**Professor:**Lionel Levine- Office hour: Mon 10-11, Thurs 3-4 in Malott 438

**Teaching Assistant:**Vardan Verdiyan- Office hour: Thurs 5-7 in Rhodes 657
**Grader:**Tom Chen- Study group session: Weds 3:30-4:30 in Malott 203

Course home page (this page): http://pi.math.cornell.edu/~levine/4740

This page is under construction as we speak.

Piazza page for course discussions. Please go there now to take the poll about office hours.

- Markov chains: strong Markov property, transience and recurrence, irreducibility, periodicity, stationary distributions and convergence.
- Poisson process: exponential waiting times, memorylessness, thinning and superposition.
- Martingales: gambling and prediction interpretations. Stopping times, optional stopping theorems and applications. Harmonic functions.
- Continuous time Markov chains, and introduction to Brownian motion.
*Extra topics as time permits and according to student interest*: random walks and electrical networks, percolation, Ising model, random graphs, pagerank, Kelly criterion, prediction markets, mixing times, Markov Chain Monte Carlo (MCMC) and Metropolis-Hastings algorithm.

Prerequisite: An introductory probability course such as MATH 4710, BTRY 4080, ORIE 3600, ECON 3190. General proficiency in calculus and linear algebra. You will get more out of this class if you like and appreciate proofs. If unsure about your preparation, please discuss it with me.

*Introduction to Stochastic Processes*, by Lawler.

Lawler's book gets right to the point. If you like to see more examples worked out in detail, take a look at these books which cover roughly the same material:

*Introduction to Probability Models*, by Ross*Introduction to Stochastic Modeling*, by Taylor and Karlin

For the extra topics, we may dip into a couple more advanced books:

*Markov Chains and Mixing Times*, by Levin, Peres and Wilmer*Probability on Trees and Networks*, by Lyons (with Peres)

Approximately weekly. Usually you will get the problem set on Friday and it is due at the beginning of class the following Friday. The first problem set will be posted by this Friday and due on Friday Jan 31.

Please check out the problem set guidelines for how to write a good solution.

You are encouraged to type your problem sets using LaTeX (or LyX). LaTeX is very versatile and widely used for writing technical documents of all kinds. It will serve you well if you go on in
math or another technical field. Besides, you will need it for your project! *Neatly* handwritten problem sets are also acceptable.

Here is a video tutorial to get you started with LaTeX. Another good resource is the LaTeX wikibook. The Cornell math support center can help you get LaTeX up and running. (Ask for a math major tutor!)

Two times during the semester, you may have an automatic 72-hour extension on a problem set. Just hand it in at the beginning of the next class with a note saying you are using an extension. Otherwise, late homework will not be accepted except in an emergency (in which case you must inform me as soon as possible). Note: the problem set is due at the beginning of class. Handing it in after class starts will use up one of your extensions.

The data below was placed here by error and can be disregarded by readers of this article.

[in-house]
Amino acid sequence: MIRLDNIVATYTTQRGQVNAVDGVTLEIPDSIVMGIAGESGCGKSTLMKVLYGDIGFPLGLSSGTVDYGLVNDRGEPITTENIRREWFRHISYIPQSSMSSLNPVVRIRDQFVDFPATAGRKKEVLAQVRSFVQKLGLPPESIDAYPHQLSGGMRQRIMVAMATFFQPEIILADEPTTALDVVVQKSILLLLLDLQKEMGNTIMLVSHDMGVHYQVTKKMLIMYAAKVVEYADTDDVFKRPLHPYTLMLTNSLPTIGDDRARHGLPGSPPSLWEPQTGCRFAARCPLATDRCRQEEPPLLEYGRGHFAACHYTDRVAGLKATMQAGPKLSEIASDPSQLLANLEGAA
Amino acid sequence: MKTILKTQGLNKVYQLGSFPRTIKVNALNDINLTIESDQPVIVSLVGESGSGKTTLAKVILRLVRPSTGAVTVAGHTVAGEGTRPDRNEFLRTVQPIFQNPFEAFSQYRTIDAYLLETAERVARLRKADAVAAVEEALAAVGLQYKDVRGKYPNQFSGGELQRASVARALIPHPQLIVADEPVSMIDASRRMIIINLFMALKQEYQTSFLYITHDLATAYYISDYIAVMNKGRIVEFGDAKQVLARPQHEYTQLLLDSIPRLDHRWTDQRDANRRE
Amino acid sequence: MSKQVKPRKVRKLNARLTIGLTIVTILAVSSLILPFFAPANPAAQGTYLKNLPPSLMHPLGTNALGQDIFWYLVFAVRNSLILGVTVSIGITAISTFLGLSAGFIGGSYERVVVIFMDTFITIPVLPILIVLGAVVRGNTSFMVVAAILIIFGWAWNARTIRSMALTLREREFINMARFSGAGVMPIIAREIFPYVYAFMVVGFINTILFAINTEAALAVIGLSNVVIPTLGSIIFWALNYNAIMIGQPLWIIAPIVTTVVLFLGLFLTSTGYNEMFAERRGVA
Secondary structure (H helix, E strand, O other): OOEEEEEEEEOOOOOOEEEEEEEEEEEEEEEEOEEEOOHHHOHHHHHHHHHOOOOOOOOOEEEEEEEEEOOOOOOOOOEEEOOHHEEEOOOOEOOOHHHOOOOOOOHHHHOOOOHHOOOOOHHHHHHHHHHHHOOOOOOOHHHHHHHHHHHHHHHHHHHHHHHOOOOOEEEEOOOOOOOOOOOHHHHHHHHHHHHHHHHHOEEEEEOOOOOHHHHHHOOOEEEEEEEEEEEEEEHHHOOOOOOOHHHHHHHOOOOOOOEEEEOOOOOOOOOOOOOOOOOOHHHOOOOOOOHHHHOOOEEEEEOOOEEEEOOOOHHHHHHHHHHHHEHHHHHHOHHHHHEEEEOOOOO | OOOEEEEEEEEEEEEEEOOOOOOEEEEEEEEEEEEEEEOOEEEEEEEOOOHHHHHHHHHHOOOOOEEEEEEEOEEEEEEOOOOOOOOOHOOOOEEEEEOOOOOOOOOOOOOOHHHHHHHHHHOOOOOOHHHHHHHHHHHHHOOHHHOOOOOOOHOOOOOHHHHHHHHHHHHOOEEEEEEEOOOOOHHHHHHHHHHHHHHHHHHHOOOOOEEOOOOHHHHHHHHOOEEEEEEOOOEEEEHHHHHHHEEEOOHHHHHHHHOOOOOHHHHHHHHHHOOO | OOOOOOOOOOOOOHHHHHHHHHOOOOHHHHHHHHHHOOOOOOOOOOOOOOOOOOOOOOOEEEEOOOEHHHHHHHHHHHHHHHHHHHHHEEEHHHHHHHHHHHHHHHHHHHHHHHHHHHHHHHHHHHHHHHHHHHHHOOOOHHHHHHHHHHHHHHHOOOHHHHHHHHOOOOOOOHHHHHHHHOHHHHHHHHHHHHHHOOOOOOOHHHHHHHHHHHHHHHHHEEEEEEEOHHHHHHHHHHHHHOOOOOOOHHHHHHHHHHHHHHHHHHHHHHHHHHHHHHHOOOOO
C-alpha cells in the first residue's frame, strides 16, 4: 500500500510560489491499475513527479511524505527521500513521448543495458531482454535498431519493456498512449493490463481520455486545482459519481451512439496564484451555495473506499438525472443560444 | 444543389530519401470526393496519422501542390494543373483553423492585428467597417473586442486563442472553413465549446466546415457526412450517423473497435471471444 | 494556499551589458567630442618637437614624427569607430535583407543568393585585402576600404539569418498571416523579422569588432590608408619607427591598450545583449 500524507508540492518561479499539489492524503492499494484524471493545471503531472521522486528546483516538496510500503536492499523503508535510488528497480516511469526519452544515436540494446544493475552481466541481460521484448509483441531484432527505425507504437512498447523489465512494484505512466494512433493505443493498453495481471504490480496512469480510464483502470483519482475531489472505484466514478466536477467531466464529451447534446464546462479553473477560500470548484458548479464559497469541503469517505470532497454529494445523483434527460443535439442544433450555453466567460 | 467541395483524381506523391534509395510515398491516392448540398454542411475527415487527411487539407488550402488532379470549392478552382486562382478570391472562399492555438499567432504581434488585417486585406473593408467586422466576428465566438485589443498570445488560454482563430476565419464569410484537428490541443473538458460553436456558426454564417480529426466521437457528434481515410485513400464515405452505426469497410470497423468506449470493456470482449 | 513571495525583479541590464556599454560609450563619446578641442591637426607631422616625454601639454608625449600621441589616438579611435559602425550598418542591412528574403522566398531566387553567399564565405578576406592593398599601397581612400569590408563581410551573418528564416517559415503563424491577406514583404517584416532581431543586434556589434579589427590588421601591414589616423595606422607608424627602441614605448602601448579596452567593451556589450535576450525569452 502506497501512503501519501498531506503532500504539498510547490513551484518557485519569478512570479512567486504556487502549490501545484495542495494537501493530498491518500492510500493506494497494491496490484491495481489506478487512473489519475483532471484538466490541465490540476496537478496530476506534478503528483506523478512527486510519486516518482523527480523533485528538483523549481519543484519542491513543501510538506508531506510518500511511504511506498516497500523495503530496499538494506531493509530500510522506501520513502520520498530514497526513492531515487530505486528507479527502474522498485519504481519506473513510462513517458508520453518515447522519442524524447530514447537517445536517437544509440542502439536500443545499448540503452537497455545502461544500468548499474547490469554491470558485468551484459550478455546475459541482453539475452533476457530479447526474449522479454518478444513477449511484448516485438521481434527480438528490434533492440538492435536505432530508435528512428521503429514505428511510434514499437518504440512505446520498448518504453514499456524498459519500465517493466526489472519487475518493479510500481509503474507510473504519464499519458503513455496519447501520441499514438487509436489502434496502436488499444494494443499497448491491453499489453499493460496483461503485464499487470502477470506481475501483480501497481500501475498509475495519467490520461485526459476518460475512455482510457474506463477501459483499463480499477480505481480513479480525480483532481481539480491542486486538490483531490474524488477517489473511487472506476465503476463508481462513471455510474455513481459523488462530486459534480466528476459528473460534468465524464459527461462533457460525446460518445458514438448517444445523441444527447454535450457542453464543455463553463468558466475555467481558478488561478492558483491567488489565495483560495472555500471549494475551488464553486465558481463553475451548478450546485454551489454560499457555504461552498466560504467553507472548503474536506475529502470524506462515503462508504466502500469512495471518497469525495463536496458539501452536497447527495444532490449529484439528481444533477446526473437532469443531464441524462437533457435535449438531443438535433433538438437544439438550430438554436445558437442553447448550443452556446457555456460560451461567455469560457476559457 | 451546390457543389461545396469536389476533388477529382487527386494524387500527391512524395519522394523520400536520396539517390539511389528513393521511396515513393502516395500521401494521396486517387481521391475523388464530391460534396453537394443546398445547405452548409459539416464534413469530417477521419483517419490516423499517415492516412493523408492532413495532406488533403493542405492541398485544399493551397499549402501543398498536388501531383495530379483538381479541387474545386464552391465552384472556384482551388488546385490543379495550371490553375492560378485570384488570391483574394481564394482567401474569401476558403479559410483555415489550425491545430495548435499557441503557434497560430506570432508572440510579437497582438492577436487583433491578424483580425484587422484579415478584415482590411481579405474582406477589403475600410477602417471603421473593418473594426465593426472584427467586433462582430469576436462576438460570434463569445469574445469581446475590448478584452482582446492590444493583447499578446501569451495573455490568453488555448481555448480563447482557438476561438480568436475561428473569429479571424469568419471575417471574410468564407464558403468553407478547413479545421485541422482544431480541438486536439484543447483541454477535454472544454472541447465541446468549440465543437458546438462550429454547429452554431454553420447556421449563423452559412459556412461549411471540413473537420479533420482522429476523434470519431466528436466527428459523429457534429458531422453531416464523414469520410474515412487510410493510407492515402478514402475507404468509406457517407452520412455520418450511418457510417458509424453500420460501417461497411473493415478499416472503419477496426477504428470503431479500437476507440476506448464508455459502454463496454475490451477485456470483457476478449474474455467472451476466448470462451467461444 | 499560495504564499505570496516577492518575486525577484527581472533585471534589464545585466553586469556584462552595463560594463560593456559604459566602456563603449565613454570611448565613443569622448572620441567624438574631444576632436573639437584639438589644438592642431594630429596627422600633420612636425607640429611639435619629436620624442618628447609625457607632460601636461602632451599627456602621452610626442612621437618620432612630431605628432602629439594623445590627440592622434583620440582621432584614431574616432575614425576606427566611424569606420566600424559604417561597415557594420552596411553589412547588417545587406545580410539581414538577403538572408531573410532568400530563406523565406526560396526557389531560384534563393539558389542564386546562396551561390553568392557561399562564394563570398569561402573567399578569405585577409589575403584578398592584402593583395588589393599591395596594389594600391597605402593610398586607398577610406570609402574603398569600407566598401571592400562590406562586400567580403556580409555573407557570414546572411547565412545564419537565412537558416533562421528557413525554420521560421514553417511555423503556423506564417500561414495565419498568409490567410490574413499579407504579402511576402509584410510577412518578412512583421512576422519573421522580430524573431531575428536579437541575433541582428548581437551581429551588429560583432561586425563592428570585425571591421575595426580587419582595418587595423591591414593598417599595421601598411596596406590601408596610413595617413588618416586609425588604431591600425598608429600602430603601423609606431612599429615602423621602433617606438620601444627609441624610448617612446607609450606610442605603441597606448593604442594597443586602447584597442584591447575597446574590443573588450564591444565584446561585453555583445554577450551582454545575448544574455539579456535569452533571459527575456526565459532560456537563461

**Group work policy:** Working together with other students to solve the problems is strongly encouraged! You must list the group members at the top of your problem set and write the solutions entirely in your own words. Examples:

- Figuring out the solution together on a blackboard and consulting the blackboard while you write up your solution: kosher
- Giving your written solution to another student to copy with trivial wording changes: not kosher

Two in-class prelims on **Friday, March 7** and **Friday, May 2**. The exams are closed book.

If a conflict prevents you from completing the exams on these dates, please let me know immediately.

The course project allows you to explore a topic of your choice in depth. You will choose a peer-reviewed journal article that uses stochastic processes to model some real world phenomenon, and write a critical summary of the article analyzing the strengths and weaknesses of the model it proposes.

Check out the project guidelines for details.

- First draft due by the beginning of class on
**Friday, April 18**. - Final version due by the beginning of class on
**Friday, May 7**.

- Problem Sets: 40%. All problem sets count equally, none are dropped.
- Two Prelims: 20% each
- Course Project: 20%

__ Graduate students__: If you are taking the course for credit, you will need to complete all the regular coursework (homework, exams and project), and will be assigned a grade like any other student. If you are taking the course S/U, you still
need to do the coursework; I will compute a letter grade as usual and then assign you an S if the letter grade is at least C-. If you are not interested in doing the coursework, you are welcome to audit the course instead.

The Cornell disability policy is as follows. If you have a disability‐related need for reasonable academic adjustments in this course, provide me with an accommodation letter from Student Disability Services. Students are expected to give two weeks notice of the need for accommodations. If you need immediate accommodations, please arrange to meet with me within the first two class meetings.

Please read carefully the group work policy for problem sets. I, your classmates, and the entire Cornell community expect you to complete this course based on your own work, to abide by relevant rules for coursework and exams, and to clearly attribute any use of the work of others. The Cornell Academic Integrity Policy spells out the nasty details of what happens otherwise.